The crusher 50 is mounted at the inlet end 31 of the process conveyor 30 which is seen in FIG. 4 to comprise a first heated section 32 and second treatment section 34 located downstream of the heated section. The conveyor is shown schematically as a screw or auger conveyor although it will be appreciated that other types of conveying apparatus for moving the soil through the process train can be used. Convection heat applied to the soil by a screw conveyor is preferred to other methods of heating soil, e.g., such as by adding steam, since convection heat does not introduce water vapor or any additional gases so that only those volatile contaminants which are initially present in the soil need to be decontaminated before discharge to atmosphere.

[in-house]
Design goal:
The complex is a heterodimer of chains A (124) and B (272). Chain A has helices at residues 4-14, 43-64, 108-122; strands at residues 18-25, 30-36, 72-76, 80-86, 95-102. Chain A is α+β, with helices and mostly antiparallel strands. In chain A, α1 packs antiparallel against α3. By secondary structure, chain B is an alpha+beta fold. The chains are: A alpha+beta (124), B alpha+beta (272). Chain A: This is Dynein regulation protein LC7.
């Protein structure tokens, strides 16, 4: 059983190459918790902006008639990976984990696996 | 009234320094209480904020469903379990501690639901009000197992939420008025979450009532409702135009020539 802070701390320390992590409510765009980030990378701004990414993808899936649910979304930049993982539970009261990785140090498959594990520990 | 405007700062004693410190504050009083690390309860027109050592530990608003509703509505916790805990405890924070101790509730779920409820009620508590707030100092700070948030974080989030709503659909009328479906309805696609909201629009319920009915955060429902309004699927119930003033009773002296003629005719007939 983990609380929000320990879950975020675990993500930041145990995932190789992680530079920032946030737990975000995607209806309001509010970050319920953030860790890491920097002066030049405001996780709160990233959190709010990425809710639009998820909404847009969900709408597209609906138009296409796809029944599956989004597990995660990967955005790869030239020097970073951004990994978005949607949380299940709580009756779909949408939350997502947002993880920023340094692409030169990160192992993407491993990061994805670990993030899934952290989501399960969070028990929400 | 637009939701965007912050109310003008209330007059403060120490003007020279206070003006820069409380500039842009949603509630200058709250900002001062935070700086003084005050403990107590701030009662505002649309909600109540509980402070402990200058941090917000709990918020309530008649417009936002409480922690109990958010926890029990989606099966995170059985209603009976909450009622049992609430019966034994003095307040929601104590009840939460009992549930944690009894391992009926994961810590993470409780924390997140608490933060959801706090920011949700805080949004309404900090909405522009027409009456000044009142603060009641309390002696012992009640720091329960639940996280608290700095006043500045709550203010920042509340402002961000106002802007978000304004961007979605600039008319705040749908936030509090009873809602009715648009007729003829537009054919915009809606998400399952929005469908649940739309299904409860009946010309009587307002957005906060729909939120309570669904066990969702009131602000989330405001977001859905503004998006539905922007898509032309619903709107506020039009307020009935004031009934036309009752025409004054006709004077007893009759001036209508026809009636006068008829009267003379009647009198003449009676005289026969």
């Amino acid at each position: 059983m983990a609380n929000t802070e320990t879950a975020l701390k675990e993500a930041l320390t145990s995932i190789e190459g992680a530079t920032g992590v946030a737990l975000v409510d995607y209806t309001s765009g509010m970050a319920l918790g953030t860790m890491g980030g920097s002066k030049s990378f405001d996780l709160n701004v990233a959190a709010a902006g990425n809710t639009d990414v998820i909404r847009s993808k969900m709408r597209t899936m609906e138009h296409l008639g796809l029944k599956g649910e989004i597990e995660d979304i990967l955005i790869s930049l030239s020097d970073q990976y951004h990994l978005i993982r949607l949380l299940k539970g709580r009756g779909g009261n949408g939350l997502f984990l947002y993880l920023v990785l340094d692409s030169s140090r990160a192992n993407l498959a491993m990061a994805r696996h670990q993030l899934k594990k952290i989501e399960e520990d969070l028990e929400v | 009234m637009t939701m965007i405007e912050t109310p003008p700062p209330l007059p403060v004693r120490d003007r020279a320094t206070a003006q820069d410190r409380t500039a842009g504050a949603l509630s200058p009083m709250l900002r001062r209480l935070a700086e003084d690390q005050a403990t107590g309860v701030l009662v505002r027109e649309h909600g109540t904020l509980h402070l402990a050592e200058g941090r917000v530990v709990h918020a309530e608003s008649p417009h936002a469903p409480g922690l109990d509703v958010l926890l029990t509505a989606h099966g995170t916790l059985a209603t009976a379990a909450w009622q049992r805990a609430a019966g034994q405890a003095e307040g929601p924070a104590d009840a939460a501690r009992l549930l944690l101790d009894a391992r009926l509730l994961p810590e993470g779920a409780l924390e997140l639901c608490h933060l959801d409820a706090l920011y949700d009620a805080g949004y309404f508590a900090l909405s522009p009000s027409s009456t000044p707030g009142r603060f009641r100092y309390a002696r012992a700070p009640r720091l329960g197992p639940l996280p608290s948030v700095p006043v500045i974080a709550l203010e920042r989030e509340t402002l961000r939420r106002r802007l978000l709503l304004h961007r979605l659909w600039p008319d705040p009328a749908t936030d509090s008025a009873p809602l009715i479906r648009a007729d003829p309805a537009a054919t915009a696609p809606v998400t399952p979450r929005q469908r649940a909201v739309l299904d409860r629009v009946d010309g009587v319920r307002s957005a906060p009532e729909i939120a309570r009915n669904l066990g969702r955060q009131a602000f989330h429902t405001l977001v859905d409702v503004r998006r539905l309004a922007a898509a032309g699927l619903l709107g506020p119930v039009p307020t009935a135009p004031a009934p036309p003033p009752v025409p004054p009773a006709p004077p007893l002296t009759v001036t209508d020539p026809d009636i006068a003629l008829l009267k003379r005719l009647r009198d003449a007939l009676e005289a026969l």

Since excavated and crushed soil from waste sites can be expected to contain a significant amount of volatilizable hydrocarbons and the like, means are provided in the form of a heat generator 33 for heating the heated conveyor section 32 to liberate volatile contaminants therefrom. Volatilized contaminants and vapors are removed from the heated conveyor section 32 through a gas outlet conduit 35 where the gases are scrubbed in a scrubber 36 before discharge to the atmosphere. A contaminant residue tank 37 collects harmful contaminants removed by the scrubber in known fashion. Contaminant analyzer probes 39 may conveniently be arranged at spaced locations along the various sections of the process conveyor 30 to monitor the volatilization of volatile contaminants and treatment of remaining solids.